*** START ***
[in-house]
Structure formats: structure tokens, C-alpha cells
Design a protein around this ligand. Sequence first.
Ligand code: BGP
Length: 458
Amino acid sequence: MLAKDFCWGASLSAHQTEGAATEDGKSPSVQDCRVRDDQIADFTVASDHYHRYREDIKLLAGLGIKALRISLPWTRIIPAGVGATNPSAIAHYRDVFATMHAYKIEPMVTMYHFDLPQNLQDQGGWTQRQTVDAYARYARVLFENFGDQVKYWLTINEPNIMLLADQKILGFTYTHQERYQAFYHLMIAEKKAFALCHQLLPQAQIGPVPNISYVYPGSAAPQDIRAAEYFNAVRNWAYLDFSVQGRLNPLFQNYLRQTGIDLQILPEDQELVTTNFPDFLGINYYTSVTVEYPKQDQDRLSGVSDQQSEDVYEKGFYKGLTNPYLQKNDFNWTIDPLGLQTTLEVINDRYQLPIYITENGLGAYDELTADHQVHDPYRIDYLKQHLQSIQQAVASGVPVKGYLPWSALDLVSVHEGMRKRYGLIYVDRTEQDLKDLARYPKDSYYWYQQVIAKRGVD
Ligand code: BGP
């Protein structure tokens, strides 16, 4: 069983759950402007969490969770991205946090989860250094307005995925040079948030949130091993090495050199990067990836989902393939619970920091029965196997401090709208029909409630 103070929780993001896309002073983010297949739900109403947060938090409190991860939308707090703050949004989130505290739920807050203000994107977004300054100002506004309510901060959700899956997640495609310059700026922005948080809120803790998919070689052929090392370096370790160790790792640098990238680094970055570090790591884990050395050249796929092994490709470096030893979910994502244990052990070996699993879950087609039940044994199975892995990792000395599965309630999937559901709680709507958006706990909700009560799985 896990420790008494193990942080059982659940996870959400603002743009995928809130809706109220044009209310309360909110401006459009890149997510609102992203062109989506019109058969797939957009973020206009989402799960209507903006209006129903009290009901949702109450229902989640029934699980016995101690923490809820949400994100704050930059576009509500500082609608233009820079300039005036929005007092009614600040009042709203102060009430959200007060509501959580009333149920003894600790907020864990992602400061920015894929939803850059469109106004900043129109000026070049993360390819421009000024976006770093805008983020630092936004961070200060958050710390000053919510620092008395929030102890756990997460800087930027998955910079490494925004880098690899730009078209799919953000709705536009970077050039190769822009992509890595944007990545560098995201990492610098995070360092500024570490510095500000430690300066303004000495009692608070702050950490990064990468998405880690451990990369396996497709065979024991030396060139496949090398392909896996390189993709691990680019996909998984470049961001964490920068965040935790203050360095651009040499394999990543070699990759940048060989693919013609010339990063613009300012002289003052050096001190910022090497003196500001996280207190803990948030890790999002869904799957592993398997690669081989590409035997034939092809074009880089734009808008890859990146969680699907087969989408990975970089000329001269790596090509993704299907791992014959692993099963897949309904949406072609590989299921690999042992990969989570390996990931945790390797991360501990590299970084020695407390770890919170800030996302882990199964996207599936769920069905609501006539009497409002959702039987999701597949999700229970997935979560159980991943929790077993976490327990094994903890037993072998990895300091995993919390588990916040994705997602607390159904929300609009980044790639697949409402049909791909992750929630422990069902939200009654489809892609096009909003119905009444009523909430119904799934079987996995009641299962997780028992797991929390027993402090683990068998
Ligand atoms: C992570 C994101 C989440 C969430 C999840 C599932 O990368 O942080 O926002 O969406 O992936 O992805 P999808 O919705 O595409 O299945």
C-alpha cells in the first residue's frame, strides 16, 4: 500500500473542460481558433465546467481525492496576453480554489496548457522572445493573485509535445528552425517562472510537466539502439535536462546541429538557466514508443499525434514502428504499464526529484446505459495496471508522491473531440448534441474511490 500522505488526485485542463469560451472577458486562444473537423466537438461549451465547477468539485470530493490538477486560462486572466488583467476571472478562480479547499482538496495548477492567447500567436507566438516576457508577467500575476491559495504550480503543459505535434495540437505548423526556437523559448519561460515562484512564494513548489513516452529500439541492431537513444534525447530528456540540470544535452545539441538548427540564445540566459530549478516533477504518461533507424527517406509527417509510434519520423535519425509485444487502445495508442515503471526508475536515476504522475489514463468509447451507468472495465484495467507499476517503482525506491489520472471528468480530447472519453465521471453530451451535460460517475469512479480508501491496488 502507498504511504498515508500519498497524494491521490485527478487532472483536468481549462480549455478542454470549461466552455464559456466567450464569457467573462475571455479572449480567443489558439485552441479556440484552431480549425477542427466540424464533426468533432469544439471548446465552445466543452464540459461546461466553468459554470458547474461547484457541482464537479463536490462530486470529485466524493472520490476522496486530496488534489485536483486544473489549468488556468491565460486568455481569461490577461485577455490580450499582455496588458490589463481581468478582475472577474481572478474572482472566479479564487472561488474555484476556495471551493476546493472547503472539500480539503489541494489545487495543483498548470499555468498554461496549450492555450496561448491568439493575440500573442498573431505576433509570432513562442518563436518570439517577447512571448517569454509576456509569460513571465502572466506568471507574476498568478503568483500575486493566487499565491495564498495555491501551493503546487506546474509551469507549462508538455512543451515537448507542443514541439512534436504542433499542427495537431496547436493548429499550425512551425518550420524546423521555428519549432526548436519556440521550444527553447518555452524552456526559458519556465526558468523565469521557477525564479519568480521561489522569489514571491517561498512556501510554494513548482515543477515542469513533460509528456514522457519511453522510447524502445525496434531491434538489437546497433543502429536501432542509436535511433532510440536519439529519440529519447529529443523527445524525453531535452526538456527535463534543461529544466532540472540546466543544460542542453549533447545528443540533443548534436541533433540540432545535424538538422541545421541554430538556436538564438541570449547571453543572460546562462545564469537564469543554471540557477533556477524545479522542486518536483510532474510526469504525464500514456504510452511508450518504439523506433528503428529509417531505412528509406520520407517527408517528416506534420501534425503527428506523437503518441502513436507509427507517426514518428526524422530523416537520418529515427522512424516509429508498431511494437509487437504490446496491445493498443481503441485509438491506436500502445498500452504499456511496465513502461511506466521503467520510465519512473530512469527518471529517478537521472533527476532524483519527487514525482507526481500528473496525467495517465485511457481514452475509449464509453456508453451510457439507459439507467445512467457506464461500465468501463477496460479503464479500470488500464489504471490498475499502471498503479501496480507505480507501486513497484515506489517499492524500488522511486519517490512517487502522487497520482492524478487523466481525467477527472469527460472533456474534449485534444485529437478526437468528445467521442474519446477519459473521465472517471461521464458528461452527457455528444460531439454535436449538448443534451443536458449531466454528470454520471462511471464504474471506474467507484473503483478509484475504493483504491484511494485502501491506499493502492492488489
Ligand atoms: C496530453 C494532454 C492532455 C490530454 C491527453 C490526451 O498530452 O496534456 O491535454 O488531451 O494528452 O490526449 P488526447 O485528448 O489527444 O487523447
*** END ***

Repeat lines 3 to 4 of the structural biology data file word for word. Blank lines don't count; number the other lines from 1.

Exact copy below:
Design a protein around this ligand. Sequence first.
Ligand code: BGP